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Navid Kagalwallas profile image
By: Navid Kagalwalla
August 7, 2020

Protecting the Active Directory - The Keys to the Kingdom

By: Navid Kagalwalla
August 7, 2020
Navid Kagalwallas profile image
By: Navid Kagalwalla
August 7, 2020

Active Directory is a Microsoft technology developed as a directory service for Windows domain networks. It forms one of the most critical aspects of an organization's infrastructure. It is used to manage computers and other devices by logically dividing user accounts into groups and subgroups based on the level of access control required. Active Directory provides authentication, authorization, and configuration capabilities for users, computers, servers, applications, and load balancers throughout an organization's IT infrastructure. Attackers primarily target the Active Directory after gaining access to an organization's network to perform reconnaissance, elevate privileges, access critical applications, and to create several fictitious accounts to persist in the environment. Any breach or exploitation of an Active Directory can be disastrous for an organization. Recovering an Active Directory to a secure state can be very expensive and is extremely complicated since Active Directories are structured hierarchically with different access controls, authentication mechanisms, and user rights provided at each level. The significant access that Active Directory provides to the organization is rightly called "The Keys to the Kingdom."

What is Active Directory Security Assessment

Active Directory Security Assessment (ADSA) involves reviewing the Active Directory configurations and the group policy objectives and access control mechanisms employed by an organization to prevent attack propagation throughout the internal network. ADSA identifies the most likely attack vectors and provides remediation on how to detect, mitigate, and prevent them. It helps an organization effectively identify, quantify, reduce, and repel the risks of an Active Directory breach. ADSA provides structured and constructive remediation advice, which helps organizations identify which technologies need to be focused on and hardened. ADSA involves assessments both on technical and non-technical fronts. The concept of ADSA can significantly reduce costs of supporting a secure Active Directory by regularly auditing and assessing the Active Directory installations instead of unnecessarily integrating expensive security components on an already complex installation. ADSA provides domain controller security, secure administration, improved operational performance, and reliable knowledge transfer between entities.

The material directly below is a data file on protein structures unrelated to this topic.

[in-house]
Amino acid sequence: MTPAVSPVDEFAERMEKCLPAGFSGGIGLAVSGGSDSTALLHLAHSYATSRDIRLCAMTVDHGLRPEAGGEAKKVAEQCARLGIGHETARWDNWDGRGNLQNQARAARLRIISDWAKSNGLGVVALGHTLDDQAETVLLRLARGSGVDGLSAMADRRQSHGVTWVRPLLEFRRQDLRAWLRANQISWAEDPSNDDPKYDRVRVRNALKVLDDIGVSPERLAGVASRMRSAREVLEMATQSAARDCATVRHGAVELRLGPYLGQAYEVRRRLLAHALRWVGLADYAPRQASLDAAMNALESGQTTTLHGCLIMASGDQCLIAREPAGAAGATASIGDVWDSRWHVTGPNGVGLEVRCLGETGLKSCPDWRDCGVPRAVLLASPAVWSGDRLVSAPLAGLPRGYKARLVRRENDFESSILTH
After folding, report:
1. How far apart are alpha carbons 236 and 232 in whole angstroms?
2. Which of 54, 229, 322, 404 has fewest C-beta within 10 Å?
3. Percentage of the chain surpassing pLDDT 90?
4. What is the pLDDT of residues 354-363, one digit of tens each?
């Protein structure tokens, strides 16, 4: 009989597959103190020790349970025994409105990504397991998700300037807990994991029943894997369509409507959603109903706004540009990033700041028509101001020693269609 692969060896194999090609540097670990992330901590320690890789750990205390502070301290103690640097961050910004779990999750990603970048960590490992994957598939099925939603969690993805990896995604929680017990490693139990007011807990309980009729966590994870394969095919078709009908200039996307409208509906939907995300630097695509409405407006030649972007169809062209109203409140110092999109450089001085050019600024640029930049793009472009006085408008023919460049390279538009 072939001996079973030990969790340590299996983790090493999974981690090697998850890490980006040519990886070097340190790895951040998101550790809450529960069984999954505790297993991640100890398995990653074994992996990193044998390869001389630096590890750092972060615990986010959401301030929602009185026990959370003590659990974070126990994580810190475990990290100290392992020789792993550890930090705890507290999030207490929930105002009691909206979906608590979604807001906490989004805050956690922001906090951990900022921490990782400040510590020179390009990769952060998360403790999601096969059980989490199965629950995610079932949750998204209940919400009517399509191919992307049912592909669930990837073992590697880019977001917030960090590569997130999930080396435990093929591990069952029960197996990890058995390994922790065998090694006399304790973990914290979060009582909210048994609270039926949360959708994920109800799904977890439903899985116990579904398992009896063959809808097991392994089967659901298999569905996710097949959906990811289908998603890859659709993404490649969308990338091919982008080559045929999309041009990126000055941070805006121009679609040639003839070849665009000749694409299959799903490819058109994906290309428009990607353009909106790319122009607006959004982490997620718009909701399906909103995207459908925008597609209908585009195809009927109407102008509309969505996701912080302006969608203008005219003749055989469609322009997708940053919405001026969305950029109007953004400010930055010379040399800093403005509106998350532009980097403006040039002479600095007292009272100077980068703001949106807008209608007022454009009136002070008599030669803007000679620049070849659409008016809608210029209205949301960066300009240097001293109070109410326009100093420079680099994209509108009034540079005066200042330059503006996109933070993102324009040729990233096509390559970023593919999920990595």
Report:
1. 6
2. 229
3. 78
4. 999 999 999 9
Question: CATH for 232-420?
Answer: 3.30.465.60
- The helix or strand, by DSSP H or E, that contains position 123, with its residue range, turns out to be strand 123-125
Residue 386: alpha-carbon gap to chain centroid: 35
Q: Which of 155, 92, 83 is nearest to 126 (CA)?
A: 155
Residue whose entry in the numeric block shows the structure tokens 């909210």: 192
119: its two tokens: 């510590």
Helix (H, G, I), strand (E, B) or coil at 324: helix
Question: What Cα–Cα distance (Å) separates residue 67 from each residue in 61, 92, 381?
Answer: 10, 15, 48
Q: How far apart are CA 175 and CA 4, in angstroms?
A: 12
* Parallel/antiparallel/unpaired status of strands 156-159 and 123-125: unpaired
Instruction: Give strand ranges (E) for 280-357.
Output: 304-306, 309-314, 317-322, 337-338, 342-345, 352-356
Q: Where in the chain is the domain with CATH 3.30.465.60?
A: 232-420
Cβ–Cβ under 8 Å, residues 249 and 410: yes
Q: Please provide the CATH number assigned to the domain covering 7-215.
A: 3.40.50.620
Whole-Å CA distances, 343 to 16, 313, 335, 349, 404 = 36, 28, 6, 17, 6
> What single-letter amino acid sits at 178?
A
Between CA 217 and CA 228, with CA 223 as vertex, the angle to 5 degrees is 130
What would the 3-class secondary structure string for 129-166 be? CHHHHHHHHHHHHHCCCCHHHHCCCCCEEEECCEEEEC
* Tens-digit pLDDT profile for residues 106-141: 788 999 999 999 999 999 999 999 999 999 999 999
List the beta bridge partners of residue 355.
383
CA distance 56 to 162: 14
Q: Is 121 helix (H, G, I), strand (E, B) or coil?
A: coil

Phases and Key Assessment Areas of Active Directory Security Assessment

ADSA primarily has four phases, which must be performed to provide the overall security posture of an organization's Active Directory infrastructure. These four phases include gathering data from the environment which can be on-site or remote, interpreting and analyzing the results, completing the assessment report, and, finally, providing detailed recommendations. The outcome of a successful ADSA should be a document stating how the organization's Active Directory installation can be hardened. The detailed recommendations must include security misconfigurations, event logs, and patch management. The sources of conducting an ADSA should include adversary intelligence (real-time attack techniques, tactics, and procedures), victim intelligence (privilege escalation and misconfigurations), and machine intelligence (security bypass methods). ADSA must focus on central logging systems (SIEM) and top-level domain permissions. The key focus areas of ADSA include endpoint configuration and hardening, remote access to resources, group policy controls, integration with cloud computing platforms, access management, domain trust configuration review, server life cycles, and permission delegation. ADSA must be conducted regularly to ensure secure Active Directory infrastructure.

 
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Conclusion

A breach of the Active Directory of an organization can be disastrous, since finding all the malicious changes or additions an attacker makes is very expensive and extremely hard to find. That's where ADSA comes in. By assessing and auditing the focus areas of an Active Directory regularly, an organization can be sure of mitigating threats to their Active Directory installation.

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